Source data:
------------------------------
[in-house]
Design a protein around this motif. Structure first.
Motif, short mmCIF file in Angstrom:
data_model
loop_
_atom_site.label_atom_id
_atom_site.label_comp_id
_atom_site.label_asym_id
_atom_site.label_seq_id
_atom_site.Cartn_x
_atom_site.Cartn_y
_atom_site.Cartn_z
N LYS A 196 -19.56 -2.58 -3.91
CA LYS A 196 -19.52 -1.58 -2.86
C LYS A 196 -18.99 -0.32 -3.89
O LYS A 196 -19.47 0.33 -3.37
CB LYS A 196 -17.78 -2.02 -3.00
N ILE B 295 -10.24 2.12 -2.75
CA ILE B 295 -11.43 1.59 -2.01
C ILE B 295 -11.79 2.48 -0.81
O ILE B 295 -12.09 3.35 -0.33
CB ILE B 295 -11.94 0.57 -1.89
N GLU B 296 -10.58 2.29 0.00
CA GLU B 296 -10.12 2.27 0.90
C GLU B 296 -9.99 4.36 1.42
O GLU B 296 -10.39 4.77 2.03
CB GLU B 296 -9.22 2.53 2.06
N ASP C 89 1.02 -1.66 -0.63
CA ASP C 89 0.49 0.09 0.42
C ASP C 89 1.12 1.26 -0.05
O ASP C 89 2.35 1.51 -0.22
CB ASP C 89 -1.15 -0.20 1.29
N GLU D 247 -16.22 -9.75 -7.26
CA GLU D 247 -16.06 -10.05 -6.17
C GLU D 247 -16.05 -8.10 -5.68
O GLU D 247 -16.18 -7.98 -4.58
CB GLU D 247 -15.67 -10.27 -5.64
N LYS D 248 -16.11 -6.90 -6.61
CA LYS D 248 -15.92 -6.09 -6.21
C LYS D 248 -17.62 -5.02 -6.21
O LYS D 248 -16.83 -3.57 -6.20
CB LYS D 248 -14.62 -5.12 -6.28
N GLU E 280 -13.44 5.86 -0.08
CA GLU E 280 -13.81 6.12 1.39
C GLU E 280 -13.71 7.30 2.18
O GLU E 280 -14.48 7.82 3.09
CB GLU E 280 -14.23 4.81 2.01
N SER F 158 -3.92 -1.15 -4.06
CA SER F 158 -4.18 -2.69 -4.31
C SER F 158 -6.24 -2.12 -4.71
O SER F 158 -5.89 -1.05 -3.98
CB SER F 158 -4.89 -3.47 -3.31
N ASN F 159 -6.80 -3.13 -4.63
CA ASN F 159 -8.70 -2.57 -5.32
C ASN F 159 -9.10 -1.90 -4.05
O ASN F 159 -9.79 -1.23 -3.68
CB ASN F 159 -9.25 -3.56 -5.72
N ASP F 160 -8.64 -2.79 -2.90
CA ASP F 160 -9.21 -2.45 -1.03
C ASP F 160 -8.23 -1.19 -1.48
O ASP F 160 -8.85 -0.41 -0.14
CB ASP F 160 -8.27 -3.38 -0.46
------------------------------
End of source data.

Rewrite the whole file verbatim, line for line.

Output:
[in-house]
Design a protein around this motif. Structure first.
Motif, short mmCIF file in Angstrom:
data_model
loop_
_atom_site.label_atom_id
_atom_site.label_comp_id
_atom_site.label_asym_id
_atom_site.label_seq_id
_atom_site.Cartn_x
_atom_site.Cartn_y
_atom_site.Cartn_z
N LYS A 196 -19.56 -2.58 -3.91
CA LYS A 196 -19.52 -1.58 -2.86
C LYS A 196 -18.99 -0.32 -3.89
O LYS A 196 -19.47 0.33 -3.37
CB LYS A 196 -17.78 -2.02 -3.00
N ILE B 295 -10.24 2.12 -2.75
CA ILE B 295 -11.43 1.59 -2.01
C ILE B 295 -11.79 2.48 -0.81
O ILE B 295 -12.09 3.35 -0.33
CB ILE B 295 -11.94 0.57 -1.89
N GLU B 296 -10.58 2.29 0.00
CA GLU B 296 -10.12 2.27 0.90
C GLU B 296 -9.99 4.36 1.42
O GLU B 296 -10.39 4.77 2.03
CB GLU B 296 -9.22 2.53 2.06
N ASP C 89 1.02 -1.66 -0.63
CA ASP C 89 0.49 0.09 0.42
C ASP C 89 1.12 1.26 -0.05
O ASP C 89 2.35 1.51 -0.22
CB ASP C 89 -1.15 -0.20 1.29
N GLU D 247 -16.22 -9.75 -7.26
CA GLU D 247 -16.06 -10.05 -6.17
C GLU D 247 -16.05 -8.10 -5.68
O GLU D 247 -16.18 -7.98 -4.58
CB GLU D 247 -15.67 -10.27 -5.64
N LYS D 248 -16.11 -6.90 -6.61
CA LYS D 248 -15.92 -6.09 -6.21
C LYS D 248 -17.62 -5.02 -6.21
O LYS D 248 -16.83 -3.57 -6.20
CB LYS D 248 -14.62 -5.12 -6.28
N GLU E 280 -13.44 5.86 -0.08
CA GLU E 280 -13.81 6.12 1.39
C GLU E 280 -13.71 7.30 2.18
O GLU E 280 -14.48 7.82 3.09
CB GLU E 280 -14.23 4.81 2.01
N SER F 158 -3.92 -1.15 -4.06
CA SER F 158 -4.18 -2.69 -4.31
C SER F 158 -6.24 -2.12 -4.71
O SER F 158 -5.89 -1.05 -3.98
CB SER F 158 -4.89 -3.47 -3.31
N ASN F 159 -6.80 -3.13 -4.63
CA ASN F 159 -8.70 -2.57 -5.32
C ASN F 159 -9.10 -1.90 -4.05
O ASN F 159 -9.79 -1.23 -3.68
CB ASN F 159 -9.25 -3.56 -5.72
N ASP F 160 -8.64 -2.79 -2.90
CA ASP F 160 -9.21 -2.45 -1.03
C ASP F 160 -8.23 -1.19 -1.48
O ASP F 160 -8.85 -0.41 -0.14
CB ASP F 160 -8.27 -3.38 -0.46